Monday, June 25, 2012

Cruise control can kill you

Twenty years ago I could have died.  I had driven to Lollapalooza in Memphis Tennessee, seven hours away in expectation of having an amazing time.  An amazing time was had.  I caroused with friends.  I heard great music.  And then it was time to head home.  I got on the interstate, set the car to cruise control, and five hours in I fell asleep.

A year ago I feel asleep at work.  I stopped being passionate about my job.  I gradually stopped exercising as well.  I was in a funk.  I gained twenty pounds.  At the time I wasn't aware of the change but in retrospect I can see the trigger clearly.  I was bored.  But it hadn't started out that way.  When we started that company I was on fire, completely and fully engaged.  Everyday was an adventure.  From building the team to developing new technology, to working toward aggressive but achievable goals.  Everything I did was exciting.  Fast forward five years.  We had gone through two purchases and arguably the second, while strategically exciting, created tactical issues that seemed small at first.  Because our team was awesome I assumed these issues would be addressed.  I said my part and waited.  And waited.  And then fell asleep. 

If you've ever fallen asleep at the wheel, waking up is a terrifying experience.  You're disoriented.  You don't know how you got there.  You don't know how long it's been since you fell asleep.  When I was driving back from Memphis that wake up call came when I nudged into the wheel of a semi-trailer in the lane next to me.  The banshee howling of metal-on-metal jolted me awake.  I could have died.  I could have killed someone.  Instead I pulled the car over, got out, shook the weariness off, and drove home ashamed I'd waited so long to take a break... to make a change.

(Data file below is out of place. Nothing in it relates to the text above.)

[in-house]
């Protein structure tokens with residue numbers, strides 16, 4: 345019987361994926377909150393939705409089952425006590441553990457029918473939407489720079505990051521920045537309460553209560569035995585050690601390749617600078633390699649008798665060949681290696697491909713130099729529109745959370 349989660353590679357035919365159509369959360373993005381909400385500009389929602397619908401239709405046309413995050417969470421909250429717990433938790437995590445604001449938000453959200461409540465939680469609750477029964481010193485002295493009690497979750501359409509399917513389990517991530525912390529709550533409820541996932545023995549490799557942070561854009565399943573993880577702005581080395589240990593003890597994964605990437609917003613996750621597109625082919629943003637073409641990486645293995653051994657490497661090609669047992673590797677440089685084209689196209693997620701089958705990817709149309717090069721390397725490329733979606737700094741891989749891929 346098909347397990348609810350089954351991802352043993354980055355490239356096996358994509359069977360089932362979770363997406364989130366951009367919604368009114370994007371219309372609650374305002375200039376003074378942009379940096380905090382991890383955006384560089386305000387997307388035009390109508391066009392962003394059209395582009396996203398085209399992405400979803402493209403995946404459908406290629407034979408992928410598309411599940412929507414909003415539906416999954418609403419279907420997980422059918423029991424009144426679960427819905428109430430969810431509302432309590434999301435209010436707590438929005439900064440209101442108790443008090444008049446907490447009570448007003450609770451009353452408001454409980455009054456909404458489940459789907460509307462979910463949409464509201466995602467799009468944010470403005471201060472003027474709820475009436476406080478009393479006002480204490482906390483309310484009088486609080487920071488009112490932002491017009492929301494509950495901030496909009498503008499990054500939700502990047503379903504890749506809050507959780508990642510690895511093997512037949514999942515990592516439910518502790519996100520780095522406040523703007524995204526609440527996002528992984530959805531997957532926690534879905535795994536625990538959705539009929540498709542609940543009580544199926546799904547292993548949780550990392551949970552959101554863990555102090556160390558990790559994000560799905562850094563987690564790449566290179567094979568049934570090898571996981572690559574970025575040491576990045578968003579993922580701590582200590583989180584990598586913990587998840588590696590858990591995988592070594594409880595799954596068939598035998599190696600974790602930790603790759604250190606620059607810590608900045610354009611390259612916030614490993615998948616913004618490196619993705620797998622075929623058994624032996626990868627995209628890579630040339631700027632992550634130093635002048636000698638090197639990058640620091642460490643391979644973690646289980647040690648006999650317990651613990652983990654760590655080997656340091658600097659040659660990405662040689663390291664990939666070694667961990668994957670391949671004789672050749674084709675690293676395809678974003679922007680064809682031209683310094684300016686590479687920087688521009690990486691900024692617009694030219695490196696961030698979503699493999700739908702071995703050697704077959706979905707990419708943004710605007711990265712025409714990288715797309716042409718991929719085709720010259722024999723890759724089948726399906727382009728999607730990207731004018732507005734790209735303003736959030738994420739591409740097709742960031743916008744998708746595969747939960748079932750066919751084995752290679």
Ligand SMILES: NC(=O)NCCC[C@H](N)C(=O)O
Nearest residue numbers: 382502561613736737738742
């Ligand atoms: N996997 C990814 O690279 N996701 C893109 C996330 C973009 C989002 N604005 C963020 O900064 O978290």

Going into cruise control with your career won't get you killed but it can kill your career.  At the very least it can kill your interest in your job, and the interest those around you have in theirs as well.  I could have been doing more at work to make a change.  I should have been doing something.  Doing anything.  Doing nothing I was guaranteed to fall asleep.  As it was, after some soul searching, I realized what I needed to do was change jobs entirely before I started poisoning the attitudes of those I worked with.

I'm not sure how your brain is wired but for me I'm either driving 90 miles an hour, hyper engaged, or I'm asleep at the wheel, dreaming about what else I could be doing.  People die that way and in a way apathy is a kind of death.  Don't let it kill your job or your love of work.  If what you're doing isn't working, make a change.  If you have to, pull off to the side, or change roads.  

So this week marks an important milestone.  I've started a new job, and a new fitness regimen.  I had become sedentary and both are an effort to cut out the apathy.  I'm on an exciting new road and I couldn't me more awake.


  1. Bravo my friend. Great post, can't wait for more.

  2. Thanks folks. I'll try not to disappoint.